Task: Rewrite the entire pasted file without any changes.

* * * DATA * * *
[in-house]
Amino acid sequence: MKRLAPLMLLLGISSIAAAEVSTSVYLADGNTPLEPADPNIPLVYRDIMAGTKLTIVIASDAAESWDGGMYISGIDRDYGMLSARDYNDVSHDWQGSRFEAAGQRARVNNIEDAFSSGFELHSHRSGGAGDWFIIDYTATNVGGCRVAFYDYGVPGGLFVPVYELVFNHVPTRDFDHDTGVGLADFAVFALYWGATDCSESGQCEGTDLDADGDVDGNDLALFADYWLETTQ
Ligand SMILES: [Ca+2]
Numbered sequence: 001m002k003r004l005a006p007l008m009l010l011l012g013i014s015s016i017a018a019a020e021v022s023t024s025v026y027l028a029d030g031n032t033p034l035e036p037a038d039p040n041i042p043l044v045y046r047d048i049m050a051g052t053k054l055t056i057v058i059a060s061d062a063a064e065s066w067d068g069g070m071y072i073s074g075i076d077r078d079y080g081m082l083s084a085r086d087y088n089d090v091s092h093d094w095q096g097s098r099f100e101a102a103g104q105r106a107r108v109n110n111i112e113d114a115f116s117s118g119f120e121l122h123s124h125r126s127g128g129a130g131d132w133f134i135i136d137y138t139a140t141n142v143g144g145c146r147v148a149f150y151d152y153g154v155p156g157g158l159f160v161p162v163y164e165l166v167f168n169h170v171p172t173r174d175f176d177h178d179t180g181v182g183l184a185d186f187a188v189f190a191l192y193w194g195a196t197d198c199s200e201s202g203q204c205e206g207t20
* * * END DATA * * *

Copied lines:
[in-house]
Amino acid sequence: MKRLAPLMLLLGISSIAAAEVSTSVYLADGNTPLEPADPNIPLVYRDIMAGTKLTIVIASDAAESWDGGMYISGIDRDYGMLSARDYNDVSHDWQGSRFEAAGQRARVNNIEDAFSSGFELHSHRSGGAGDWFIIDYTATNVGGCRVAFYDYGVPGGLFVPVYELVFNHVPTRDFDHDTGVGLADFAVFALYWGATDCSESGQCEGTDLDADGDVDGNDLALFADYWLETTQ
Ligand SMILES: [Ca+2]
Numbered sequence: 001m002k003r004l005a006p007l008m009l010l011l012g013i014s015s016i017a018a019a020e021v022s023t024s025v026y027l028a029d030g031n032t033p034l035e036p037a038d039p040n041i042p043l044v045y046r047d048i049m050a051g052t053k054l055t056i057v058i059a060s061d062a063a064e065s066w067d068g069g070m071y072i073s074g075i076d077r078d079y080g081m082l083s084a085r086d087y088n089d090v091s092h093d094w095q096g097s098r099f100e101a102a103g104q105r106a107r108v109n110n111i112e113d114a115f116s117s118g119f120e121l122h123s124h125r126s127g128g129a130g131d132w133f134i135i136d137y138t139a140t141n142v143g144g145c146r147v148a149f150y151d152y153g154v155p156g157g158l159f160v161p162v163y164e165l166v167f168n169h170v171p172t173r174d175f176d177h178d179t180g181v182g183l184a185d186f187a188v189f190a191l192y193w194g195a196t197d198c199s200e201s202g203q204c205e206g207t20